Abuse victims advised: Have a plan
Women in abusive relationships should try to set aside funds to help them navigate the legal process if they decide to leave their partner, a lawyer said.
Simone Smith-Bean also explained that access to legal assistance could be difficult for non-Bermudians.
She told an online forum about domestic abuse: “Have a plan. There are some situations where you may not be in harm or you may not be in danger but you are afraid to get a divorce.
“If that's the case, save your money, make sure that you have a fund that is on the side ready to go ... don't leave it to the court to decide when you're going to be able to get coverage because a lot of times women don't have the luxury of getting court orders for their husbands to pay for their divorce, it barely happens.”
The managing partner at Smith Bean and Co added: “You have to be ready, you have to be prepared and you must save your monies because you need to make sure that you have the right representation available to you so that you can make the necessary applications that need to be made.
“There are some special applications that have to be made, especially if you want to make an application to leave the jurisdiction with a Bermudian child.”
Ms Smith-Bean was part of a Facebook panel talk on Saturday hosted by Shervonne Hollis, who founded the Foreign Women Club of Bermuda, and Tina Laws, of support agency Under Konstruction.
She told viewers: “Legal aid is an option for Bermudians who are going though particular situations — they can make an application.
“But in some instances that does not occur for foreign women and so I think that one of the biggest challenges is being able to reach the legal system with funding and having that sufficient funding to allow them to pursue any particular legal actions that they may need to.”
Jenea Smith, a detective constable and domestic violence liaison officer with the Bermuda Police Service, said that there was no limit to the number of times that a victim can record abuse with law enforcers without seeking prosecution.
She explained: “I find that a lot of complainants are reporting it for information purposes, they're not necessarily going through the prosecution process because they don't want their loved ones arrested, and I get that.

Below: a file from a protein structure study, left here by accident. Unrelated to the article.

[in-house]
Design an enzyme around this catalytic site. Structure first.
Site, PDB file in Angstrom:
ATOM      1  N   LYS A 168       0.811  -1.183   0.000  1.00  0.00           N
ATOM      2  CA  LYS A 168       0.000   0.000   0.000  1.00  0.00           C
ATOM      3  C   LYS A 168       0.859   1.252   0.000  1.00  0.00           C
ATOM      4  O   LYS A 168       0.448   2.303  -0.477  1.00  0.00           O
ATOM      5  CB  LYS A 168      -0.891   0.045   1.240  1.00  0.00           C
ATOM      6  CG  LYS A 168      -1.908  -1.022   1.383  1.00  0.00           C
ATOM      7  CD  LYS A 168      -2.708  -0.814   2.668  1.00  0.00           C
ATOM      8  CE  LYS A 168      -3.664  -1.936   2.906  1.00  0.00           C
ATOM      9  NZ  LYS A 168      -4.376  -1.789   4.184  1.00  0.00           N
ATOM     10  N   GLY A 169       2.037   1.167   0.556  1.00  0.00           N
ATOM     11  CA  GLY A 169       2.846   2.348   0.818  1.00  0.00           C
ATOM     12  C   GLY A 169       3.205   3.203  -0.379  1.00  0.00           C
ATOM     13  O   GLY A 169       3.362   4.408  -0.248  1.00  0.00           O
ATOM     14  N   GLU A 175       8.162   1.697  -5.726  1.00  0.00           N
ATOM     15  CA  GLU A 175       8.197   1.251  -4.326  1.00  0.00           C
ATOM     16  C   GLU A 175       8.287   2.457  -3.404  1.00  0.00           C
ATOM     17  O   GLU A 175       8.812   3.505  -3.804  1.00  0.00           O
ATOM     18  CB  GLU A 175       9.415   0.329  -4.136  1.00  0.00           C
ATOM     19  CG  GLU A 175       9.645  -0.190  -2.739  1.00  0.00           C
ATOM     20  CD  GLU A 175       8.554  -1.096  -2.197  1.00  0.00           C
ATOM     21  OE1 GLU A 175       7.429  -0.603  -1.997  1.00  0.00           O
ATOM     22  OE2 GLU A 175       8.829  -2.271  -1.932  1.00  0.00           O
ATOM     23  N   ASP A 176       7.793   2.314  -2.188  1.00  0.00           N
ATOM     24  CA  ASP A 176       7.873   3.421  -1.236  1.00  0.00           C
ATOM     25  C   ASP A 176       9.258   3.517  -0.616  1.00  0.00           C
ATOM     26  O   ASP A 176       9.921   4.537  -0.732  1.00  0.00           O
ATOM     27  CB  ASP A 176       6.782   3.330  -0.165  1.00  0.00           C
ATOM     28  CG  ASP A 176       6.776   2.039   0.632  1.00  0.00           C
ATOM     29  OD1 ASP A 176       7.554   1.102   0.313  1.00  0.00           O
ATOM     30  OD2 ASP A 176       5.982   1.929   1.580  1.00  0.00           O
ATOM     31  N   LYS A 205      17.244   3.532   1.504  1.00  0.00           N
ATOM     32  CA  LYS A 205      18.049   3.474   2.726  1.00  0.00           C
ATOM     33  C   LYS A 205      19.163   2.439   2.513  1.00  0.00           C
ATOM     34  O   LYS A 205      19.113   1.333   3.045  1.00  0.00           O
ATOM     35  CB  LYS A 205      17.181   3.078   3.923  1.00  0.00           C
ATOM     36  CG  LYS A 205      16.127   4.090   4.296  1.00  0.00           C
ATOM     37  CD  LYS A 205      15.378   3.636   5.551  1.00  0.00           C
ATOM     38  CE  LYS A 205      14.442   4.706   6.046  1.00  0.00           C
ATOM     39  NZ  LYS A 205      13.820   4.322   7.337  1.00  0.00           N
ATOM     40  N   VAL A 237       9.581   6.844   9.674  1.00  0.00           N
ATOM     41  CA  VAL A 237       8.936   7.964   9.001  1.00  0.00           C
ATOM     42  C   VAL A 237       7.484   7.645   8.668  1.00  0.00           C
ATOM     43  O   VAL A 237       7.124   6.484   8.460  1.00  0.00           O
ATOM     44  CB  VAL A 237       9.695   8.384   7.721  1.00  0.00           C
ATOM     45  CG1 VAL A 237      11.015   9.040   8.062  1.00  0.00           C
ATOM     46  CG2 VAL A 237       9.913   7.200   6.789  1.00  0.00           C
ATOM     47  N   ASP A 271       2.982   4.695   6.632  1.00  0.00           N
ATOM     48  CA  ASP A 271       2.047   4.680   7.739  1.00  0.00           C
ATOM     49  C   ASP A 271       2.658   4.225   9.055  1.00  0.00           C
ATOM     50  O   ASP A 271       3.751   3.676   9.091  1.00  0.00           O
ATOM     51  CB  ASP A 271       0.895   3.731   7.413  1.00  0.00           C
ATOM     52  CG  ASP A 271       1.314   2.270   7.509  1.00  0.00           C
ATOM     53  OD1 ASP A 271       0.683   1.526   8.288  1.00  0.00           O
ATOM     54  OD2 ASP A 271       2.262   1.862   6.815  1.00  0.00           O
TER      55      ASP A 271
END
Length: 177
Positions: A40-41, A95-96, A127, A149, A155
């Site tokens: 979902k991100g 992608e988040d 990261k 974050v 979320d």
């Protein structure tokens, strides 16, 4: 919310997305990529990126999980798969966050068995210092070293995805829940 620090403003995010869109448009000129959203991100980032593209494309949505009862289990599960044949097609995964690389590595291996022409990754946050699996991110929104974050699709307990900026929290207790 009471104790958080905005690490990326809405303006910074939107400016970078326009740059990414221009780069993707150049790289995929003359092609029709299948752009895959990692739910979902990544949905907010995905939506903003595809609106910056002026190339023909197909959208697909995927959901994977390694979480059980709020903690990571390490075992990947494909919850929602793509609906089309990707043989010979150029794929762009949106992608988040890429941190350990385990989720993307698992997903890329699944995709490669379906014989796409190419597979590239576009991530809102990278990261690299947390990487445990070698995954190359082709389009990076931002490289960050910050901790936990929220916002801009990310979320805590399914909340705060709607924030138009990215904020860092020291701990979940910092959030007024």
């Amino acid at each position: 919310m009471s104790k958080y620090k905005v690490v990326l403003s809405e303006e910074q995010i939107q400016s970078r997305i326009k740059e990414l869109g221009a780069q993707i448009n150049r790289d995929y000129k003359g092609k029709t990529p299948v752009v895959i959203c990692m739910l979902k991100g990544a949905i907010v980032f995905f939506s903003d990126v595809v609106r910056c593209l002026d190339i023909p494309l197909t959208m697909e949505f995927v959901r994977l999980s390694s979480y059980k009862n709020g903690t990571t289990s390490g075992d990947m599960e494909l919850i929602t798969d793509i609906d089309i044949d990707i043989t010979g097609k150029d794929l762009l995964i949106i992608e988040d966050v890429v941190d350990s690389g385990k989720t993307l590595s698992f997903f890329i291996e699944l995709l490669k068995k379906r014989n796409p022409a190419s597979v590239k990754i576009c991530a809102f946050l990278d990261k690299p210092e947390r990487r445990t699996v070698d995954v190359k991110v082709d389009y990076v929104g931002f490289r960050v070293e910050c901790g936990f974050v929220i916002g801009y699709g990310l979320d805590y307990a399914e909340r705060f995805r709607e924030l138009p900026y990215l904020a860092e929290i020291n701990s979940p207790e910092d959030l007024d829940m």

“It's my job to just get whatever support it is that they need because it's a lot to go in front of a judge and tell them what's been going on.”
Ms Smith added: “The support is what's going to help them to, one day, have that courage to then prosecute.”
The detective explained that police officers record incidents from domestic violence victims as well as any witnesses.
She said: “It's our responsibility to then find out whether you, as the victim or the complainant, wish to make a formal report, which consists of prosecution.”
Ms Smith explained that in those cases officers will put questions to the alleged attacker and prepare a file for their supervisor.
She added: “It's then sent up for the Department of Public Prosecutions who has the final say on what exactly the charge is going to be and if they accept the evidence that's being given.
“Sometimes you may find yourself in a predicament where they may feel it's not enough evidence at this time to prosecute but that doesn't mean that it can't happen another time around.”
Elaine Butterfield, the executive director of the Women's Resource Centre, was asked about how to make non-Bermudians feel that they can trust helping agencies in a small-knit community.
She said that anyone in an unhealthy relationship will have “trust issues” and recognised that it can be difficult for people living in a foreign country to know who to confide in.
Ms Butterfield explained: “Some people call up for support and they kind of tiptoe around what they really want and what they really need; and we all know how people use the analogy of ‘their friend' needs help.
“So understanding, being empathetic and non-judgemental to women who are going through a situation, I think it's key and being patient, giving them the information that they need and allowing them the time when they are ready to approach you or anyone else that they feel comfortable being with.”
She added that the charity, which offers services like counselling to support women and help them to boost their skills, deliberately created a comfortable, safe and empowering environment for its clients.